I suppose a show called The Course of True Love (which ran smoother than the line from A Midsummer Night’s Dream from which the title comes from would suggest) might not attract the attention of those who are wholly unfamiliar with William Shakespeare’s plays. On the other hand, there are a lot of people who have encountered it in one way or another, most commonly perhaps through studying (or trying to study) a Shakespeare play at secondary school, though I’m reliably told this is far from universal, whether one’s school days were two years, twenty-two years or forty-two years ago. But it’s telling that the audience is invited to name as many Shakespeare plays extracts were taken from, with the promise of a free drink for anyone who could correctly reel off ten or more. Less is more, y’see.
It’s not quite more than ten plays condensed into a show that runs at just under an hour, but rather bits borrowed from each to concoct a whole new play. That doesn’t stop it from being so rapidly paced that there’s a danger in not being able to properly follow the narrative whilst trying to keep up with it. Scene changes, while always very smooth, jump to a seemingly unspecified point in the future, and I wondered at one stage whether this was, strictly speaking, entirely in chronological order. (It wasn’t, in the end, that complicated.)
But as far as I could deduce neither of the characters, played by Simão Vaz and Imogen Parker, were named. I don’t know if that in itself would have helped me connect to the narrative more, but in any event, it all came across as a spoken version of a song cycle rather than a journey depicting a relationship with a beginning, middle and end. This being Shakespeare, it’s not exactly a blissful ending, but the Edinburgh Fringe audience is at least spared the fake blood that (certain) London production companies are all too fond of.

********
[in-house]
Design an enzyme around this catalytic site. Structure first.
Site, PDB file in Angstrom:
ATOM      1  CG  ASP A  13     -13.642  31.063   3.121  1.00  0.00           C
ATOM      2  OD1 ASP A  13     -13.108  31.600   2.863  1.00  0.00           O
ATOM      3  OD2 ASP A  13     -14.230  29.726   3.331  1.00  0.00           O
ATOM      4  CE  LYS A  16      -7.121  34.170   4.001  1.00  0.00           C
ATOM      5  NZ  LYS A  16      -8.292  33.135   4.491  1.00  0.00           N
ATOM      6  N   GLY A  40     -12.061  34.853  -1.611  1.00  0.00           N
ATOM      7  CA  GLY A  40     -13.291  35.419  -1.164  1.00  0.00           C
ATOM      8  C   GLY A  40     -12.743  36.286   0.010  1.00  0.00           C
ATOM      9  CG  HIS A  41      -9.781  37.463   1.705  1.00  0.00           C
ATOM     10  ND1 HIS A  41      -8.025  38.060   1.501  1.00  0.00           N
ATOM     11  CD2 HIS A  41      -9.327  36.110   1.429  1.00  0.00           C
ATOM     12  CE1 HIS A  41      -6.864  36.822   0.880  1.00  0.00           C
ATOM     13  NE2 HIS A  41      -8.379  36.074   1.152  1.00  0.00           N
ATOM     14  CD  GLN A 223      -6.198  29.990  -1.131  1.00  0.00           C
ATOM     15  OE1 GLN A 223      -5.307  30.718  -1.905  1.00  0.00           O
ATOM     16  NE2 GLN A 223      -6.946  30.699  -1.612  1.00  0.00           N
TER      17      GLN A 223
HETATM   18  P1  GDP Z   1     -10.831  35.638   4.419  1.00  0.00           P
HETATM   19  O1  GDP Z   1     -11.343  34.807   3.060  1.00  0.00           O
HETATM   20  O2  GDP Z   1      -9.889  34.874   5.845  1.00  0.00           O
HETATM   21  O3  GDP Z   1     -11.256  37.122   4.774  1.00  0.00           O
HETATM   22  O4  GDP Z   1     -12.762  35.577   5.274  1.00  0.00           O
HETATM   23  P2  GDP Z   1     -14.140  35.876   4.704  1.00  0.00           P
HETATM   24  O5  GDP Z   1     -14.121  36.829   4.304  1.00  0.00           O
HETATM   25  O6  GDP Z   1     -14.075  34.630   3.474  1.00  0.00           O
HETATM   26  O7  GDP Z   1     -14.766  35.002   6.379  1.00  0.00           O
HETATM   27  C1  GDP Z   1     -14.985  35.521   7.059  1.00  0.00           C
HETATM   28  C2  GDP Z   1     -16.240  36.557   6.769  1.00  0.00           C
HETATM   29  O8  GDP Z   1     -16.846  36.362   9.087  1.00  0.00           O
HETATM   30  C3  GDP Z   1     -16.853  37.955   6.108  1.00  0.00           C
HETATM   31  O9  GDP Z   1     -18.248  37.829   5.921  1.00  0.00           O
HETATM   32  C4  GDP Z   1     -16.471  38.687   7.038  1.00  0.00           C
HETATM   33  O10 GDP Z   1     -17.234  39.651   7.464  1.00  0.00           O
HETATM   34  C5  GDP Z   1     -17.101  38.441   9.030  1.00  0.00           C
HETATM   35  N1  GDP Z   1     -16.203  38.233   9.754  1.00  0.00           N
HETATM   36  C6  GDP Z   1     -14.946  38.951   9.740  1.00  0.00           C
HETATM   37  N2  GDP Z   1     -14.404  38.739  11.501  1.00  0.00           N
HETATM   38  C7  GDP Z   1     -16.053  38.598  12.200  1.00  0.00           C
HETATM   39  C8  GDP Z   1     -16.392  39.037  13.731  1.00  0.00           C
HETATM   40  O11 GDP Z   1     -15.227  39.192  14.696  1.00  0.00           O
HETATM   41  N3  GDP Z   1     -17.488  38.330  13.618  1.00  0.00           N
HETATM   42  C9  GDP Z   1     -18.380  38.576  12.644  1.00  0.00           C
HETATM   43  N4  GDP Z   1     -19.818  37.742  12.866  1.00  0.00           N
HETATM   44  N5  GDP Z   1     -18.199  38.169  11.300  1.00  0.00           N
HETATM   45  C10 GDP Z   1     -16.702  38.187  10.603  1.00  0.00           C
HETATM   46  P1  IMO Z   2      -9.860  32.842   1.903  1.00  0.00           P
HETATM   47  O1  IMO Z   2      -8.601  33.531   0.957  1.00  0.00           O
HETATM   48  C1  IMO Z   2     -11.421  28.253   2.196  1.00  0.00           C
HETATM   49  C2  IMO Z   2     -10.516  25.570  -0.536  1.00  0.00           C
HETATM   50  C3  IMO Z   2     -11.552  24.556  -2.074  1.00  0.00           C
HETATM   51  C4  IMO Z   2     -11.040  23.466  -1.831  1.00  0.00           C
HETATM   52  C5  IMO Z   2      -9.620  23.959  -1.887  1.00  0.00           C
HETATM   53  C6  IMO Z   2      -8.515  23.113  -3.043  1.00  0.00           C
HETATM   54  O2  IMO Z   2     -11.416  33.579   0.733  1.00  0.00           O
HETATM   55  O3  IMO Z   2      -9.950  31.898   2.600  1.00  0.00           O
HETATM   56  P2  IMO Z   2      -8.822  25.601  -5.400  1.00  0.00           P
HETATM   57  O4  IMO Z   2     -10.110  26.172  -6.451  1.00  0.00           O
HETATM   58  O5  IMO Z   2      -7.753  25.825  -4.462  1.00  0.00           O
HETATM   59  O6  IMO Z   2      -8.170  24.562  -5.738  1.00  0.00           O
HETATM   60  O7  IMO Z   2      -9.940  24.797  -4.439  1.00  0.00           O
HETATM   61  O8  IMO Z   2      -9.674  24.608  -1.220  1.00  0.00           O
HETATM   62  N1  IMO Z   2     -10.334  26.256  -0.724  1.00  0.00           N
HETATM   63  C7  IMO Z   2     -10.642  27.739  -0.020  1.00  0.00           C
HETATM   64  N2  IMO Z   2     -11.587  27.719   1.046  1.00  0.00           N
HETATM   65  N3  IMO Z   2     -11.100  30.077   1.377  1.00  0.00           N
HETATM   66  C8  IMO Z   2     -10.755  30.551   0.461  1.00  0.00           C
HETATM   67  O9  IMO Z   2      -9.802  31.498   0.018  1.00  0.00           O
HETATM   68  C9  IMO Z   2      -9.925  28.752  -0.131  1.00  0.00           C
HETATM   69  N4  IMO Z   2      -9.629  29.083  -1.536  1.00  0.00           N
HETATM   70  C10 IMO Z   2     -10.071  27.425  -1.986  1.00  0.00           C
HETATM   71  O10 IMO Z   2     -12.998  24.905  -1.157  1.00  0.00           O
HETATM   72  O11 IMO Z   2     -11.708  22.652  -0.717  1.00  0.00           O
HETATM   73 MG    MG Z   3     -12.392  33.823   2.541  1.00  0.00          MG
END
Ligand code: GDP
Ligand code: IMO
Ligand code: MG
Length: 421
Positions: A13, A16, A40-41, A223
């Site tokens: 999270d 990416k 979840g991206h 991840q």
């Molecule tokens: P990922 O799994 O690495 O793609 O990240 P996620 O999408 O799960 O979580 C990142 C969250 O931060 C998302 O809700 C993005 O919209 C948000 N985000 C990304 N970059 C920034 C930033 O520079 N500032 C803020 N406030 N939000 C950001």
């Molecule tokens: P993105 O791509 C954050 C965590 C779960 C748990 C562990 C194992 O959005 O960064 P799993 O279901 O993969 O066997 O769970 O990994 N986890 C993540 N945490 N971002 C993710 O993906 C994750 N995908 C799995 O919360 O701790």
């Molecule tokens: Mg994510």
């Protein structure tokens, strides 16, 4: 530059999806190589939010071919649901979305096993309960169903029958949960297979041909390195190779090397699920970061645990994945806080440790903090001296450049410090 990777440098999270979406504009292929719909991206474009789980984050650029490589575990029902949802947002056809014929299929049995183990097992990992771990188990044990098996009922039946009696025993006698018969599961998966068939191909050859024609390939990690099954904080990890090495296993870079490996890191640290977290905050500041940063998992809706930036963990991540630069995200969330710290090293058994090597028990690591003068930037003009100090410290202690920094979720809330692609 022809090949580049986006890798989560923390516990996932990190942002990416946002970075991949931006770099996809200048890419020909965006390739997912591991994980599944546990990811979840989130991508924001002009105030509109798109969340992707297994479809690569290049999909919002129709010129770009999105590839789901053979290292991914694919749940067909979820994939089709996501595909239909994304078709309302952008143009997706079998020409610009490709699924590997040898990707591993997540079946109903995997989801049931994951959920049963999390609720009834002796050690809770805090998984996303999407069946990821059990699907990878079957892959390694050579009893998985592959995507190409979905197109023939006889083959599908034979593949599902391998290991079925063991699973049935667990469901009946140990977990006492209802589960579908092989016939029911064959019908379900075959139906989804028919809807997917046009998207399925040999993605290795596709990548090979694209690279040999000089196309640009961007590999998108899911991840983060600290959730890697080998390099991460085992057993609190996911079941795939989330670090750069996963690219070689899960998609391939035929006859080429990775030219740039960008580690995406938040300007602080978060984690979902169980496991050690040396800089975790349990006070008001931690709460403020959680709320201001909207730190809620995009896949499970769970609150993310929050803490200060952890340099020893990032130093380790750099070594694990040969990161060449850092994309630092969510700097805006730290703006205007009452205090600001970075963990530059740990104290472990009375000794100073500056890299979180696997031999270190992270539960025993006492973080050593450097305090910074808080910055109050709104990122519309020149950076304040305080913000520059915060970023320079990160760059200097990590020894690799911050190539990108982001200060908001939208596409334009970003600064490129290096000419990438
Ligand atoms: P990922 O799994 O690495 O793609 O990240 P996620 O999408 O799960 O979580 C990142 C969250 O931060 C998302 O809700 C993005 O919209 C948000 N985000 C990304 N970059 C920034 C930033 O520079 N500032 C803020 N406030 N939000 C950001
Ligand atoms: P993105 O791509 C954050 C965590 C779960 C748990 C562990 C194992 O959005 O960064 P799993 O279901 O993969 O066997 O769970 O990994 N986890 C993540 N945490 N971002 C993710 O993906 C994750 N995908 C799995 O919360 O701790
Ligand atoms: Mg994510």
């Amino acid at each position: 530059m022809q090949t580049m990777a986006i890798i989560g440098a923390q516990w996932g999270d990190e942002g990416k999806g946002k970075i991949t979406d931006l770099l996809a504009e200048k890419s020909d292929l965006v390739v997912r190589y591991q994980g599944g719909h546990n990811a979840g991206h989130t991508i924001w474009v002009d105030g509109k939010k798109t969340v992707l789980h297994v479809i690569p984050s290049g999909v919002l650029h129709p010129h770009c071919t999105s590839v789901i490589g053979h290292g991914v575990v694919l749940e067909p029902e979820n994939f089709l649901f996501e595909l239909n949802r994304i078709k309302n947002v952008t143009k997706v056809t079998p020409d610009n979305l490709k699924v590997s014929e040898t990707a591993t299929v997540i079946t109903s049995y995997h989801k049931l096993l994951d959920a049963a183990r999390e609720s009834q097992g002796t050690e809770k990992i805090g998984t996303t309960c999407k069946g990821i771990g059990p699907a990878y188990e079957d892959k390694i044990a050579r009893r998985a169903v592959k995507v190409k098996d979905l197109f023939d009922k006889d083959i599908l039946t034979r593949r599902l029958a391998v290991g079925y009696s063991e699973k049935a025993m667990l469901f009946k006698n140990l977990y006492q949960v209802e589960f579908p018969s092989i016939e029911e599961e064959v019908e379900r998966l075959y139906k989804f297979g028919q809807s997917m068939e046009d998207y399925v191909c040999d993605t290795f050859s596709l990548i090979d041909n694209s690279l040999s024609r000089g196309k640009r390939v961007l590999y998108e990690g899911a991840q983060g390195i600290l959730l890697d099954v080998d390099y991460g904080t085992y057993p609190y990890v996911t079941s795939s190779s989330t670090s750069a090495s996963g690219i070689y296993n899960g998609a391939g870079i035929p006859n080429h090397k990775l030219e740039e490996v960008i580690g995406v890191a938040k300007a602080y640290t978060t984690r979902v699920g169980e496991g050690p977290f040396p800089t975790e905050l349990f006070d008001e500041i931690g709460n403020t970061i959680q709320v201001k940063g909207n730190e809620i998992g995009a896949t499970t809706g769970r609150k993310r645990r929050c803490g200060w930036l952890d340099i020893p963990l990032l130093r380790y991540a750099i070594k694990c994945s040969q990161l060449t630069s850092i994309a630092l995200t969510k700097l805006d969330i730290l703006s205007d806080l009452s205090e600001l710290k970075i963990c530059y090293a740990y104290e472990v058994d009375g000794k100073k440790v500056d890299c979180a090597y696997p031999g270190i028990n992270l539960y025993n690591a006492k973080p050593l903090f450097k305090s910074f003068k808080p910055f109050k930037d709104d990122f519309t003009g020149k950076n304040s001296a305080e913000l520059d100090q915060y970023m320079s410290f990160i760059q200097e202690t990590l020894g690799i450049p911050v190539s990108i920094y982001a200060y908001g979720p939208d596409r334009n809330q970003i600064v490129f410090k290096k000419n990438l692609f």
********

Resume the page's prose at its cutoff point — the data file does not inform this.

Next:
Familiarity with the original texts is potentially problematic, in that one cannot help, for instance, think of them when they are being quoted from. Whether the many love letters are from, say, As You Like It, The Two Gentlemen of Verona, Hamlet – or something else, or a combination of these and/or others – would be giving too much away. I would have preferred an alternative take on one of the Shakespeare plays, majoring on minor characters in the way in which Tom Stoppard’s Rosencrantz and Guildenstern Are Dead looks at Hamlet from a different angle. Still, this patchwork quilt of a love story is superbly acted. For love is indeed, “A madness most discreet / A choking gall and a preserving sweet”.
A star rating is dispensed with for this SE Theatre Company production: I was informed afterwards the show is a work in progress.